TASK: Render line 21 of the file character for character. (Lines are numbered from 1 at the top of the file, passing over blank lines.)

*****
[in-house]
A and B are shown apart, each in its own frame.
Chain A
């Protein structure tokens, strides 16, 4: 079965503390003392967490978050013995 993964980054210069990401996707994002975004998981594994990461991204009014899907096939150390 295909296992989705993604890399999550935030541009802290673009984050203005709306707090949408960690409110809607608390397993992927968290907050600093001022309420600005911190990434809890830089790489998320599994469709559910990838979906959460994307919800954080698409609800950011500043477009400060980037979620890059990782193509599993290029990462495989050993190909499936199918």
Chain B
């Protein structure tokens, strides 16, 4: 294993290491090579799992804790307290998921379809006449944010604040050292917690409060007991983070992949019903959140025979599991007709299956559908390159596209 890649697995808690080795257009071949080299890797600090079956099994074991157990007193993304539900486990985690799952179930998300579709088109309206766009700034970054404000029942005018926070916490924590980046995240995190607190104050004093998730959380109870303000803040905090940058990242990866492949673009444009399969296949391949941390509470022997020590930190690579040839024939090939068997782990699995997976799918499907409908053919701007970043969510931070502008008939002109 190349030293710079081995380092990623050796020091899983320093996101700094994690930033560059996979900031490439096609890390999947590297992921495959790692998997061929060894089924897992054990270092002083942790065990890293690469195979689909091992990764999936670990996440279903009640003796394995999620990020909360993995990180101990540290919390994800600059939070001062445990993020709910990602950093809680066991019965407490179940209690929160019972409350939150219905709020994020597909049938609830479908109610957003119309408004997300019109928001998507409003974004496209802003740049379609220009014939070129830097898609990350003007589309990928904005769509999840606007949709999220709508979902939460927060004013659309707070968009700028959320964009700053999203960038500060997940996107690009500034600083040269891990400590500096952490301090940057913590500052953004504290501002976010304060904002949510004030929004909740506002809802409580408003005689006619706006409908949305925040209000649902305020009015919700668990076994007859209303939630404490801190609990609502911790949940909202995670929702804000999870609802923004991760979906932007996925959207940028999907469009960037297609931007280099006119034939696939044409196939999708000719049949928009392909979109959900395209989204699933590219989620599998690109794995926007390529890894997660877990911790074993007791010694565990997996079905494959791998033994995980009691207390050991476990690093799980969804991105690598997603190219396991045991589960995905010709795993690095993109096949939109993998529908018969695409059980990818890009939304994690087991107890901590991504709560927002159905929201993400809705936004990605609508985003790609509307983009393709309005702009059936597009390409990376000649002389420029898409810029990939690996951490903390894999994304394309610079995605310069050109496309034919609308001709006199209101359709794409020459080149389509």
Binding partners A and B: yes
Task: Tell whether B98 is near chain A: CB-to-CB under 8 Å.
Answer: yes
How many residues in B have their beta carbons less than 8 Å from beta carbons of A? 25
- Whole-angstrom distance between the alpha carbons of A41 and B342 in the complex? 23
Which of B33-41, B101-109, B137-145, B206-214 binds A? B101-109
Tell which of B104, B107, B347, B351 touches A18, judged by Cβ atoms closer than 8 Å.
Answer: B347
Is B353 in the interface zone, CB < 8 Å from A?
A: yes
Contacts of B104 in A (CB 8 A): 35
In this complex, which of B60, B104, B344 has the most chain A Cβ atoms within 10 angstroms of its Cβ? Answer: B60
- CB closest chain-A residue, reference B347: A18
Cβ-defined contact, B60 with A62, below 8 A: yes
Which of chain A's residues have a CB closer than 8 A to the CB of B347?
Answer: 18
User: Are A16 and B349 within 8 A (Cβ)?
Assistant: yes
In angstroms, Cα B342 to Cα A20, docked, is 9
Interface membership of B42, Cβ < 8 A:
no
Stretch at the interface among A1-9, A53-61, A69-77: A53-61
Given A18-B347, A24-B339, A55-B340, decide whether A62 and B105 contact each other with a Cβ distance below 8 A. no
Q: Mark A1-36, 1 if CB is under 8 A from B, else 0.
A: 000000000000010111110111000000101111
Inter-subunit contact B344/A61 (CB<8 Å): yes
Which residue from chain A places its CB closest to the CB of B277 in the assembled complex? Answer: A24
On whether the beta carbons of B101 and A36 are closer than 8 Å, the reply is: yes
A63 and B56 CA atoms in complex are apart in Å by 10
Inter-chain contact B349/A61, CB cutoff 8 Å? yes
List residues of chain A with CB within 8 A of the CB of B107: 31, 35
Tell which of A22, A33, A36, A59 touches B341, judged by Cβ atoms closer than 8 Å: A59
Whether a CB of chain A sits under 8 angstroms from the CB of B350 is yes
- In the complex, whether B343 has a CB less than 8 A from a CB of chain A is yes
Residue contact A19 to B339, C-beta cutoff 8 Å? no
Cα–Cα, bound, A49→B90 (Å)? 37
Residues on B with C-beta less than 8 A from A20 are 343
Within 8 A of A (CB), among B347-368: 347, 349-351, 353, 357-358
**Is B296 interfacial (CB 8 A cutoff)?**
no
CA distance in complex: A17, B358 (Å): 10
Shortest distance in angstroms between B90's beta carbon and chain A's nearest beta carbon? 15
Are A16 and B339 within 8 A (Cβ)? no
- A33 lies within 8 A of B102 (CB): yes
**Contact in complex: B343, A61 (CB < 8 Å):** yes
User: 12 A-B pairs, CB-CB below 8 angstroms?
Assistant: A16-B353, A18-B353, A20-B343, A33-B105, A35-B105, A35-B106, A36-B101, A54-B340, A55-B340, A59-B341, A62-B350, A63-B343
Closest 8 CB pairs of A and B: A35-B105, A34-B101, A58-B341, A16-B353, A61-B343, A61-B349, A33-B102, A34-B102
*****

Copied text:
Which of chain A's residues have a CB closer than 8 A to the CB of B347?